Ten NUKE features you need to know about

August 31, 2016

1: Smart Vector toolset (NUKEX, NUKE STUDIO)

It’s new in NUKE 10, and already this awesome feature has made it to the top of the list of the most useful features in the NUKE range. Smart Vector lets you generate high-quality motion vectors from tricky image sequences containing complex motion or subtle detail and use them to automatically push or warp paint or textures across a range of frames—perfect for clean-up, replacement and augmentation tasks that would previously have taken a lot of elbow grease!

2: Deep image compositing (NUKE, NUKEX, NUKE STUDIO)

Deep image compositing tools let you create and work with images that contain multiple opacity, color and camera-relative depth samples per pixel. This means you can render CG elements without needing predetermined holdout mattes, so there's no need to re-render everything when content changes—something Blur Studio greatly appreciated when working on the iconic title sequence for Deadpool. Deep image compositing can also be used to create volumetric effects and merge 3D images with minimal or no edge artifacts.

3: 3D Particle System (NUKEX, NUKE STUDIO)

NUKE’s 3D Particle System makes it quick and easy to emit, manipulate and create a range of advanced dynamic particle effects—such as dust, fire or rain—without the need to roundtrip with an external application such as Maya or Houdini. What’s more, with NUKE’s node-based approach, you can easily create particles based on channels from other images. As you can read on their website, Framestore demonstrated the system’s power for a scene in Sherlock Holmes: a Game of Shadows, using it to create slow-motion water droplets.

4: ModelBuilder (NUKEX, NUKE STUDIO)

It might be surprising to learn that NUKE has a 3D modeling system built right in—extremely useful for set extensions, plate clean-up or as volumes to control particle emission. With ModelBuilder, you can create geometry from scratch, or using primitives as a starting point, and then modify it using tools like Carve, Bevel and Extrude to create the form you need. You can align your geometry to your footage, and snap it to other geometry or point clouds as you create it.

5. Stereo tools (NUKE, NUKEX, NUKE STUDIO)

Whether you’re converting Hollywood blockbusters or Renaissance masterpieces to 3D, NUKE’s stereo toolset has you covered. Whatever your preferred technique, from simple pixel displacement to complex 3D match-moved geometry, with a ‘displacement shader’ tool to help achieve higher quality stereoscopic conversion, NUKE has everything you need. And with anaglyph display as one of the options, you don’t even need a 3D monitor to preview your work in context.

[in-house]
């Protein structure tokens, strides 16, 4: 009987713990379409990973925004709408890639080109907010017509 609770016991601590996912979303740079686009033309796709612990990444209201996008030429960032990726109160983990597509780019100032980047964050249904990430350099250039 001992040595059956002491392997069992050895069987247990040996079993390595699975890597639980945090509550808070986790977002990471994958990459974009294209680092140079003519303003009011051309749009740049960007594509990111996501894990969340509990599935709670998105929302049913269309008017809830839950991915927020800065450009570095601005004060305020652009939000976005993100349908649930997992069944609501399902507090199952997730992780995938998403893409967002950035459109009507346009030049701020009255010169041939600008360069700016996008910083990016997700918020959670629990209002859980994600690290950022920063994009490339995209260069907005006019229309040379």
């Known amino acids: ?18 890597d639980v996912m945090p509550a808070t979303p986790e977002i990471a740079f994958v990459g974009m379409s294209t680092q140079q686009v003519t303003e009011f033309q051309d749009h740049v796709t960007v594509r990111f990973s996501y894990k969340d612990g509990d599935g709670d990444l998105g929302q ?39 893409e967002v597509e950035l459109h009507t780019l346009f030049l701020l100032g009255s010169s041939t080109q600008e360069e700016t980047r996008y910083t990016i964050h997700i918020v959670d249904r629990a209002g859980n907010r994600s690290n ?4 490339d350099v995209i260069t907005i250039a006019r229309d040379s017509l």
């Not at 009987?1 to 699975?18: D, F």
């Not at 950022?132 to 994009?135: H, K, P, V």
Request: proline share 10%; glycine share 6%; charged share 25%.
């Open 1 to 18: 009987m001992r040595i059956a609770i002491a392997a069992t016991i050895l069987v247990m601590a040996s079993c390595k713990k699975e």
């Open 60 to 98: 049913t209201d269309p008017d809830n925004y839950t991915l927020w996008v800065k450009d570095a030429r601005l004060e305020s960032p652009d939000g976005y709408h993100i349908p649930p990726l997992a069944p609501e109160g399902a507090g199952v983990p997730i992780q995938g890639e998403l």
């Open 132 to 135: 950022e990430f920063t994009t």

Widely regarded as one of the best trackers in the business, NUKE’s 3D Camera Tracker is seamlessly integrated into the 2D/3D image processing environment. The tracker analyses a 2D image sequence and solves for the 3D camera, generating a point cloud as it does so; you can use this to align geometry within NUKE, or export it to a 3D application as reference. For tricky sequences, you can mask out foreground movement that may confuse the track, and manually select points to track to assist the automatic solve.


KRONOS is NUKE’s GPU-accelerated optical flow-based retimer. You can use it for retiming, speed-ramping, time-remapping and slow-motion effects, and to add realistic motion blur. It uses clever math to look at every pixel on each frame, tracking where it moves to on the next and generating motion vectors along the path. Using these vectors, KRONOS can generate an output image at any point in time throughout the sequence by interpolating along the direction of the motion, producing an extremely high-quality result, even for super slow-motion shots.

8. Depth Generator (NUKEX, NUKE STUDIO)

NUKE’s Depth Generator lets you create a depth pass from a camera-tracked image sequence; in a depth pass, each pixel’s value is determined by the distance of the object from the camera. You can use the generated depth pass anywhere within your node graph to moderate effects such as color correction or blurring; output it as a normal map and use to relight the scene; or even visualize the depth as a point cloud, which you could then use as reference for creating geometry.

9. Blink Script (NUKE, NUKEX, NUKE STUDIO)

The Blink Script node lets you write your own image processing operations inside NUKE—you can think of it as a much faster version of the expression node. Blink allows you to write code once and run it on any supported device. With Blink, your code can be run on the GPU to take advantage of its massively parallel processing capabilities, or turned into SIMD instruction (where possible) to accelerate your code on the CPU, or otherwise into standard C++. Kernels are generated and compiled on-the-fly, allowing you to switch between devices at will.

10. Match Grade (NUKEX, NUKE STUDIO)

Matching looks between clips shot under different conditions—or even emulating a look you like from another production entirely—can be challenging and time consuming. With NUKE’s Match Grade node, just a few simple clicks let you automatically analyze a reference frame, and then modify the color histogram of your image to match it. You can even use it to extract a LUT from a baked-in grade by comparing it with the ungraded frame, and then save the LUT to disk for use elsewhere in your pipeline.


Christy Anzelmo

Colorado native Christy puts her background in business and design to good use as commercial product manager for compositing and finishing products from The Foundry’s London office.

Share this story 

blog comments powered by Disqus